I have to admit celery is not my favorite food. I mean it has it’s place in cooking because it adds flavor and texture to food, but as a stand alone vegetable, I’m really not a fan. It’s kind of, well, boring or maybe I’ve endured one too many diets of celery and carrots as the main course for every meal. Don’t get me wrong, I’ve made my kids celery with peanut butter and raisins (Ants On A Log) and they love it, so it’s not like I’m going around vegetable bashing. Although, if truth be told I think the celery is just a vehicle to deliver the yummy peanut butter and sweet raisins, but I keep my mouth shut and tell my kids celery is good for them.
However, I can’t fool you, so I’ll tell the truth! To keep this post active and hopping I wanted to talk about a little more than just celery. I want to show you how to calculate conversion amounts for cooking and thought I’d use good ol’ celery as the vehicle. Maybe that’s celery’s role in life, to be a vehicle to get other things, flavor in food, peanut butter and raisins, and then to demonstrate conversion amounts. It makes sense to me, but then again people think I’m a little crazy.
How To Dehydrate Celery, Make Celery Powder And Calculate Conversion Amounts For Cooking
Wash your celery and don’t forget to use veggie wash.
I decided I was a little to lazy to use a knife and cutting board although that would be the best option in an off-grid situation. Here I broke out one of the fancy blades for the food processor. However, this cut is a little big for me. Remember, I like my celery to add flavor and not really a whole lot more.
So I did use the chopping blade. You really have to be careful to pulse the food processor or you’ll end up with celery mush.
I can live with this size chop. It’s not perfect but better than spending an hour or more chopping with the knife.
Load your chopped celery on your dehydrator trays. I have a nine tray Excalibur Dehydrator and I filled up seven trays with about 4 heads of celery but the other two trays were not empty. Let me show you what I did.
I get a lot of questions about how dehydrated food converts to non-dehydrated food. Here is a way to find out the conversion rates for the foods you dehydrate the most. I’m going to demonstrate two ways to figure conversion rates. First, I took one average stalk of celery. I didn’t weigh it or measure it by volume (cups) because few recipes require that. They simply say two stalks of celery or four stalks or however many stalks.
Then I chopped the stalk. Yup, by hand. I wanted to be accurate in my measurements.
I placed only this stalk on the eighth tray.
To start the second method I took one tablespoon of non-dehydrated celery and weighed it. So by volume it is one tablespoon.
By weight it is 8 grams.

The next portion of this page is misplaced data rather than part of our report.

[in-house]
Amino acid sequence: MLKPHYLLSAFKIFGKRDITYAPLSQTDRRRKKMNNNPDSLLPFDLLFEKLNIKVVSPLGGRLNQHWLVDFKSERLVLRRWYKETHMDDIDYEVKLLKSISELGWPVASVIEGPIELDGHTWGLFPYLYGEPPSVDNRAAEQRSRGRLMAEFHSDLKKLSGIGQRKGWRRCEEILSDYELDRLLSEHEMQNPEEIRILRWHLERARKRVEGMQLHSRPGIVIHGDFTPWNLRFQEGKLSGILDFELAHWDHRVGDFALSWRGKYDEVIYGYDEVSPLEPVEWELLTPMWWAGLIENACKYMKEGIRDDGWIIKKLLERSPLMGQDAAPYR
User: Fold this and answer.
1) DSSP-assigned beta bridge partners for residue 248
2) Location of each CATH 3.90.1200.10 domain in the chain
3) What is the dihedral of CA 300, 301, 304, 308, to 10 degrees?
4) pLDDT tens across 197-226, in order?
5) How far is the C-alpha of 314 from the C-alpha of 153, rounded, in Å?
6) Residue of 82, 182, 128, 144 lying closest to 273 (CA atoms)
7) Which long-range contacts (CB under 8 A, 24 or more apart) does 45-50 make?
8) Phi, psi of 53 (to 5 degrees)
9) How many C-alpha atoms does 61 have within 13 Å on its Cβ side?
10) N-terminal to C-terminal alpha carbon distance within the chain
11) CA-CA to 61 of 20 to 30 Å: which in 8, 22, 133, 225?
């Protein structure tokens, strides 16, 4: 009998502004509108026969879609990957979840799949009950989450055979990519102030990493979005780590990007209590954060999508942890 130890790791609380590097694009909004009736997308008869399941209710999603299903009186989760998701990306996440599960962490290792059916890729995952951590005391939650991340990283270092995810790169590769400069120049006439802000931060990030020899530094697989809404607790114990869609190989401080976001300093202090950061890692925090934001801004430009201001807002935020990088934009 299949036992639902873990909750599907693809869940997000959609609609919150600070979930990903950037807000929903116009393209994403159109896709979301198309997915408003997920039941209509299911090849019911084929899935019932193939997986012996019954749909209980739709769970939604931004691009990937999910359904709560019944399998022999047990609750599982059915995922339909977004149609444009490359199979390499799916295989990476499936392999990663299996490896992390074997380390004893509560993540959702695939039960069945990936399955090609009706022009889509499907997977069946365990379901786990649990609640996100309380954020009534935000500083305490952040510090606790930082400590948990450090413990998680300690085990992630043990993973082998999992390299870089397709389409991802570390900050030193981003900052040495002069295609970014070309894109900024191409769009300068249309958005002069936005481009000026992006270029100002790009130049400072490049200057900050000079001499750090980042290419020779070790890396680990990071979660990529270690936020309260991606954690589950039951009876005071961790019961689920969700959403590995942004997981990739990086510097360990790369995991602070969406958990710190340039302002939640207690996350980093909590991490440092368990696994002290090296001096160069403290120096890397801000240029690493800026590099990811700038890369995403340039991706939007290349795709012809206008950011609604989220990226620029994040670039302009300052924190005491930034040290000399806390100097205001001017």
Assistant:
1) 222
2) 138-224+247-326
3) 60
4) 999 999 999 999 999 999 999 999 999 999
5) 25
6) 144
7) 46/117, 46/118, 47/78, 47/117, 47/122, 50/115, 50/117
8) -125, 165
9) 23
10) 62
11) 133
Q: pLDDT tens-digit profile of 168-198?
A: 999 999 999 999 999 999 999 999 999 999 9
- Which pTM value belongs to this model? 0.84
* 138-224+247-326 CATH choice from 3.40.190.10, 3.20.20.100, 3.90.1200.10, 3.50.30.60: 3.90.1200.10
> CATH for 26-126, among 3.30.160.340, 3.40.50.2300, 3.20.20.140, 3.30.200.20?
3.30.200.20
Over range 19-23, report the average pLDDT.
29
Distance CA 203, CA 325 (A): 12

Then I placed it on the ninth tray.
Then I loaded all my trays.
I place the temperature between the fruit and vegetable setting, between 125 F° and 135 F°. It took about 12 hours for the celery to dehydrate.
Here is what the fancy cut celery looks like dehydrated.
Then here is the chopped celery looked like.
Here is the tray with the single celery stalk.
I took just the contents of that tray and weighed it. One stalk of non-dehydrated celery is equal to 4 grams of dehydrated celery or about 1 heaping tablespoon by volume.
Here is the tray with one tablespoon of celery on it.
Yikes, it doesn’t even weigh one gram. I recommend always weighing by volume and by mass, or with measuring spoons and with a scale.
One tablespoon of non-dehydrated celery is equal to 1/2 teaspoon dehydrated celery.
Now, to make the celery powder which you can easily add to soups or stews or any other recipe that requires celery powder or even celery salt, especially if your are trying to cut back on salt. But, just as I got my celery loaded in my favorite little coffee grinder.
The darn thing broke. I can’t say it’s all the coffee grinder’s fault. I honestly grind everything but coffee in it. Some things are a little harder to grind than others. So I would still recommend that little grinder for spices and coffee and some dehydrated items, just be warned it won’t last forever. In my case it had a build up that I could not remove because I couldn’t take the blade out to clean it properly. That caused the blade to become stuck and unmovable. The motor was working fine until we forced it and then it started to burn out.
Anyway, I had to break out the big guns. If you need a off grid solution you might consider a mortar and pestle or the Wonder Junior Deluxe.
My Blendtec to the rescue. It did a great job of making celery powder.
I can even seal the celery powder to keep it fresh in these little 4oz jars.
Dehydrating celery isn’t glamorous but it is super easy and relatively fast as far as dehydrating goes.